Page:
THURSDAY, Feb. 4, 2021 (HealthDay News) — For stroke and myocardial infarction (MI) survivors, green tea consumption is associated with improved prognosis, according to a study published online Feb. 4 in Stroke.
Masayuki Teramoto, M.D., from the Osaka University Graduate School of Medicine in Japan, and colleagues examined the association between green tea and coffee consumption and mortality among 478 stroke survivors, 1,214 MI survivors, and 44,521 persons without a history of stroke or MI, aged 40 to 79 years at baseline (1988 to 1990).
The researchers documented 9,253 cases of all-cause mortality during the 18.5-year median follow-up period. Among stroke survivors, green tea consumption was inversely associated with all-cause mortality (multivariable hazard ratios [95 percent confidence intervals]: 0.73 [0.42 to 1.27] for one to six cups/week, 0.65 [0.36 to 1.15] for one to two cups/day, 0.56 [0.34 to 0.92] for three to four cups/day, 0.52 [0.31 to 0.86] for five to six cups/day, and 0.38 [0.20 to 0.71] for at least seven cups/day, compared with nondrinkers). MI survivors had a similar inverse association, which was not evident for those without a history of stroke or MI. For persons without a history of stroke or MI, coffee consumption was inversely associated with all-cause mortality; a similar association was seen for MI survivors, while no association was seen for stroke survivors.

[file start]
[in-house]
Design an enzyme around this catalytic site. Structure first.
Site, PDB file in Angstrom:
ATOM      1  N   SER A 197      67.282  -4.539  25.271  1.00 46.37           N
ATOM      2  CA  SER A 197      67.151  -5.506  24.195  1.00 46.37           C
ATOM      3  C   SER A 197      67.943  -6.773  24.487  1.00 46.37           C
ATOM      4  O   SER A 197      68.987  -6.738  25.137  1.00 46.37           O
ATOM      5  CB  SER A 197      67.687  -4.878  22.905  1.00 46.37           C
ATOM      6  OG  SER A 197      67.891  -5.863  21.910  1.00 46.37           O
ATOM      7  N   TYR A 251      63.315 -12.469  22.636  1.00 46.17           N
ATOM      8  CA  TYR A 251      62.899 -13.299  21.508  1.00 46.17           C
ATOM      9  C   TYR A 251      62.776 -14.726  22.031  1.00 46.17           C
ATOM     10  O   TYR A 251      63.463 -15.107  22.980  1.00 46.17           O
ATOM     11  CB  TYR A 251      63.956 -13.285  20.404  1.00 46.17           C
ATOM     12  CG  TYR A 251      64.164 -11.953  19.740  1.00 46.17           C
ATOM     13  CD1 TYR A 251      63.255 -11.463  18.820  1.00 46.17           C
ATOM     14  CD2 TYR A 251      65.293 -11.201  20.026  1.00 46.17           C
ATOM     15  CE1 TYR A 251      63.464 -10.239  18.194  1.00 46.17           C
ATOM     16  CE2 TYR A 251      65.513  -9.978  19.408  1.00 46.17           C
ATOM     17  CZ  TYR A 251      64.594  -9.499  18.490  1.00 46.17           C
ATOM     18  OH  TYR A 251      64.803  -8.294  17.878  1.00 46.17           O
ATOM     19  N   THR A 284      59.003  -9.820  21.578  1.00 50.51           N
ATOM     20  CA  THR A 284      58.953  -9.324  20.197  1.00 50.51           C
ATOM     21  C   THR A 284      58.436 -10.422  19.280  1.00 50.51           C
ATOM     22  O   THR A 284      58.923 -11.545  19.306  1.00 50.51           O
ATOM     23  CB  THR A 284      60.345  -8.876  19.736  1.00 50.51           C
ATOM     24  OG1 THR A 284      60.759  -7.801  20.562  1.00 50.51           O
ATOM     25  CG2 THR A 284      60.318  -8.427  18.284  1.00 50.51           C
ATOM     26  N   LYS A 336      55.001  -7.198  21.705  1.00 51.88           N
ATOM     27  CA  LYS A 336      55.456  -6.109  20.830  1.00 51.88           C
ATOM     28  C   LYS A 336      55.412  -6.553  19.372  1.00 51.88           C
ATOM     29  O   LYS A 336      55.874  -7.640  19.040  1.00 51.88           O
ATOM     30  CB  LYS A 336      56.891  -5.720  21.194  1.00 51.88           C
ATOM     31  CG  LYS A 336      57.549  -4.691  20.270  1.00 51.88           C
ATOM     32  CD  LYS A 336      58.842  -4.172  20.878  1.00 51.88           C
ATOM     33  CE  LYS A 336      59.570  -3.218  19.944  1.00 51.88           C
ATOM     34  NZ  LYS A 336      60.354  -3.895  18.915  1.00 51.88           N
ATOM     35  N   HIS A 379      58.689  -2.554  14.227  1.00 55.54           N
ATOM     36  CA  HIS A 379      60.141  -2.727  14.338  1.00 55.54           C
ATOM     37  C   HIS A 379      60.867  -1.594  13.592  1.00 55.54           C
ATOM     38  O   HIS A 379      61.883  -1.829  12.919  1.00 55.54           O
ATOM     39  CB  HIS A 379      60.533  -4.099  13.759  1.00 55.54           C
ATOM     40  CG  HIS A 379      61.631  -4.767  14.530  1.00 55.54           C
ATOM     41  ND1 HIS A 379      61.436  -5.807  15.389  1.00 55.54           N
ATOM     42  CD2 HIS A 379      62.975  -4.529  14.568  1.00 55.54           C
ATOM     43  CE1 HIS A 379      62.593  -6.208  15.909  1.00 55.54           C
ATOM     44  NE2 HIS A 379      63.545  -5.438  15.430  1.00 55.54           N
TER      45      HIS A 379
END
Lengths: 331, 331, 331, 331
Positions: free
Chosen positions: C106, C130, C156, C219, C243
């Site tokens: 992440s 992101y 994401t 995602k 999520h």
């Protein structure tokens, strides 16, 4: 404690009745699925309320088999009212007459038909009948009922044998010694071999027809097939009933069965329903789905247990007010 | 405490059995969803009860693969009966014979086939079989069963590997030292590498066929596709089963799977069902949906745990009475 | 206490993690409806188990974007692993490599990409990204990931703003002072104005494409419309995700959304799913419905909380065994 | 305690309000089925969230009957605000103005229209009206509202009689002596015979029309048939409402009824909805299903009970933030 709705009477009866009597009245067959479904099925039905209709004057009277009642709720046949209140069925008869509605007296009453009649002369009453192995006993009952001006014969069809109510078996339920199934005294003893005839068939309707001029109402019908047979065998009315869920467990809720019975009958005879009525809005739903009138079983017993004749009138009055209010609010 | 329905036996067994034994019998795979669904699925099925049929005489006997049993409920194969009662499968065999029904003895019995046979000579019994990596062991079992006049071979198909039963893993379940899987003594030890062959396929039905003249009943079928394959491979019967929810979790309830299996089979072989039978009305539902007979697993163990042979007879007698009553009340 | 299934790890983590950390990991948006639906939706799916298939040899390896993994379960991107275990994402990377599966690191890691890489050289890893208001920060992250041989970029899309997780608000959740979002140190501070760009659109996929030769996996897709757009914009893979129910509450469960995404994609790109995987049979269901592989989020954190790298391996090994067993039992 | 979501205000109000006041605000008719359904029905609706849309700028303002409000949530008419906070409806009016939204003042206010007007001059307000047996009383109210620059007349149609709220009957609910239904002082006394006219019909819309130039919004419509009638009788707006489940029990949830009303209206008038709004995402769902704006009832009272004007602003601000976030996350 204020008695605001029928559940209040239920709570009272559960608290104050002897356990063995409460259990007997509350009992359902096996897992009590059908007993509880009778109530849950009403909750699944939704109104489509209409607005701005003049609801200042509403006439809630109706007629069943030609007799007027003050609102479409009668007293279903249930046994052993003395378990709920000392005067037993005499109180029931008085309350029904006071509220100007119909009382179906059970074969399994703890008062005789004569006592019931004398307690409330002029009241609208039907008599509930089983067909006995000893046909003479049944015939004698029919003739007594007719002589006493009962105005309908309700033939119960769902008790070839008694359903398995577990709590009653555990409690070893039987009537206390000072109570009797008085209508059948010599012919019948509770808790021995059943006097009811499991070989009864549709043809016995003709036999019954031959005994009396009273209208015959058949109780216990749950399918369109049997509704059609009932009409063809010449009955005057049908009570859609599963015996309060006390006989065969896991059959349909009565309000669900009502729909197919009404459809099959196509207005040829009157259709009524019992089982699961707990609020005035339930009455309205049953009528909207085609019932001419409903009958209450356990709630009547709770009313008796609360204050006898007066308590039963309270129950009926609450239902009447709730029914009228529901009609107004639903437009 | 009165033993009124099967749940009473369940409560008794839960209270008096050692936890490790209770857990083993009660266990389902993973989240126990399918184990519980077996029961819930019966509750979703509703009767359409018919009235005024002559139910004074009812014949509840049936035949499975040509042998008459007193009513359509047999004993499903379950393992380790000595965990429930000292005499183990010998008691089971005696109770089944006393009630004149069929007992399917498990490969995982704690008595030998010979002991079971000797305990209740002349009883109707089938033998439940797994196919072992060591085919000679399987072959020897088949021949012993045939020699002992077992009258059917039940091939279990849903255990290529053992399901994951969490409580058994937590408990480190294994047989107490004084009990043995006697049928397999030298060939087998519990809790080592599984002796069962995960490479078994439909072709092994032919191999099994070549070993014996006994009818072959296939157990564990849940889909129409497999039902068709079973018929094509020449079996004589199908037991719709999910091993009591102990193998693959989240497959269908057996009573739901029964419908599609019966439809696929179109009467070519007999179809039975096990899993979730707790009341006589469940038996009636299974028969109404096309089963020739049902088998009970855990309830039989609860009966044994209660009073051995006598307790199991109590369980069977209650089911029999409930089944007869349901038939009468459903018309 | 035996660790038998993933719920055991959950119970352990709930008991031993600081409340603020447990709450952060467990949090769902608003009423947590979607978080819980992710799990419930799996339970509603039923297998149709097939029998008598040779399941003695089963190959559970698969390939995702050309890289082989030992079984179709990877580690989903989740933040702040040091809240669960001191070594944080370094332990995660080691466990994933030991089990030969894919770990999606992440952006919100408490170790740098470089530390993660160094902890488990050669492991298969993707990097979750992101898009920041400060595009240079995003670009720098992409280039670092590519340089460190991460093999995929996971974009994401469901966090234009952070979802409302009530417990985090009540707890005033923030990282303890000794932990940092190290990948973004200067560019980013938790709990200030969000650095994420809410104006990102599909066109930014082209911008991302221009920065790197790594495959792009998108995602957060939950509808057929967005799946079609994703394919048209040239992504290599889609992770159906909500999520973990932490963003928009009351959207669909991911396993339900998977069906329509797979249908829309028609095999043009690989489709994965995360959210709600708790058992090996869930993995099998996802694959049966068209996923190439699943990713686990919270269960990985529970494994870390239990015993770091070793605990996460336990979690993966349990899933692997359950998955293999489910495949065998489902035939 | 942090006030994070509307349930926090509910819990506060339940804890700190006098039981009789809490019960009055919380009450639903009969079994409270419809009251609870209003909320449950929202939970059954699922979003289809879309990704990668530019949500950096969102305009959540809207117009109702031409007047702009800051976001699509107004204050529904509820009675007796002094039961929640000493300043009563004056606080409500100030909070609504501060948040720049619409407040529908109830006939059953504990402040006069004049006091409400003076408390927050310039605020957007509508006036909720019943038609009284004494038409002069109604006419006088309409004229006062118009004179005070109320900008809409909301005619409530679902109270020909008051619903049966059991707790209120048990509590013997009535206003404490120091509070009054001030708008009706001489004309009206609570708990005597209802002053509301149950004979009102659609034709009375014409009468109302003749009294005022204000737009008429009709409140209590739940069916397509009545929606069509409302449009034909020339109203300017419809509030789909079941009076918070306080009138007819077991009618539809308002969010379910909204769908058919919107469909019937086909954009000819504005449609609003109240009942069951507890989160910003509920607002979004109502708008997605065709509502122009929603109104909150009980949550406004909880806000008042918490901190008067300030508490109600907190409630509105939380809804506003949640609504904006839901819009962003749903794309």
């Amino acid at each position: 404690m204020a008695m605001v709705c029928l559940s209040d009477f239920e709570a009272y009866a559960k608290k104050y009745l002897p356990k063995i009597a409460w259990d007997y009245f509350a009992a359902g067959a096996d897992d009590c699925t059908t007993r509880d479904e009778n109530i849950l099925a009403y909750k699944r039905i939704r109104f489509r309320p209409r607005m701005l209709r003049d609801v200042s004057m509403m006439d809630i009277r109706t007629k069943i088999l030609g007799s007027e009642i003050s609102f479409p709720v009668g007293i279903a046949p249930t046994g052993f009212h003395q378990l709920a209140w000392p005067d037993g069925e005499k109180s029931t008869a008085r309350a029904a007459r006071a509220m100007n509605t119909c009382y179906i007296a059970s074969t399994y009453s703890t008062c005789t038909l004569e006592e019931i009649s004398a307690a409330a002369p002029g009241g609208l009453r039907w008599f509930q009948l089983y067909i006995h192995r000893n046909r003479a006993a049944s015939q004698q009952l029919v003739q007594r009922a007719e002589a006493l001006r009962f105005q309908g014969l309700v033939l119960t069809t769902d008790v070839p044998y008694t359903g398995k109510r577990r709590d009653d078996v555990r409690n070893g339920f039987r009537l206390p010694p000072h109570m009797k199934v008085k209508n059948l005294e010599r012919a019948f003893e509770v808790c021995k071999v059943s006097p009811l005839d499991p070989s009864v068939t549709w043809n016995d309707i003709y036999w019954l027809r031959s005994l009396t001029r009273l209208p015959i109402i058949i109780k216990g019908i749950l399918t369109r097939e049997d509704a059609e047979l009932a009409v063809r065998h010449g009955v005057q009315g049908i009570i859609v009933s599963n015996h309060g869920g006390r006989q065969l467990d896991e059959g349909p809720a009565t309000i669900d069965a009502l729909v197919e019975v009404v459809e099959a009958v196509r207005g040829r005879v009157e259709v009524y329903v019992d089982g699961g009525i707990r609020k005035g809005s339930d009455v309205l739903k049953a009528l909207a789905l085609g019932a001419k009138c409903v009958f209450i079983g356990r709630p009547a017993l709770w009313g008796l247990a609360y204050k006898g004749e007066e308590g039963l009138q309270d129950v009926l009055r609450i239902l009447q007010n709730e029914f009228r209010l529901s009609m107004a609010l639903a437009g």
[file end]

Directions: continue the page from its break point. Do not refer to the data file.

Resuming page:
“More research is needed to confirm the cardio- and neuro-protective effects of green tea and coffee among cardiovascular disease survivors,” the authors write.
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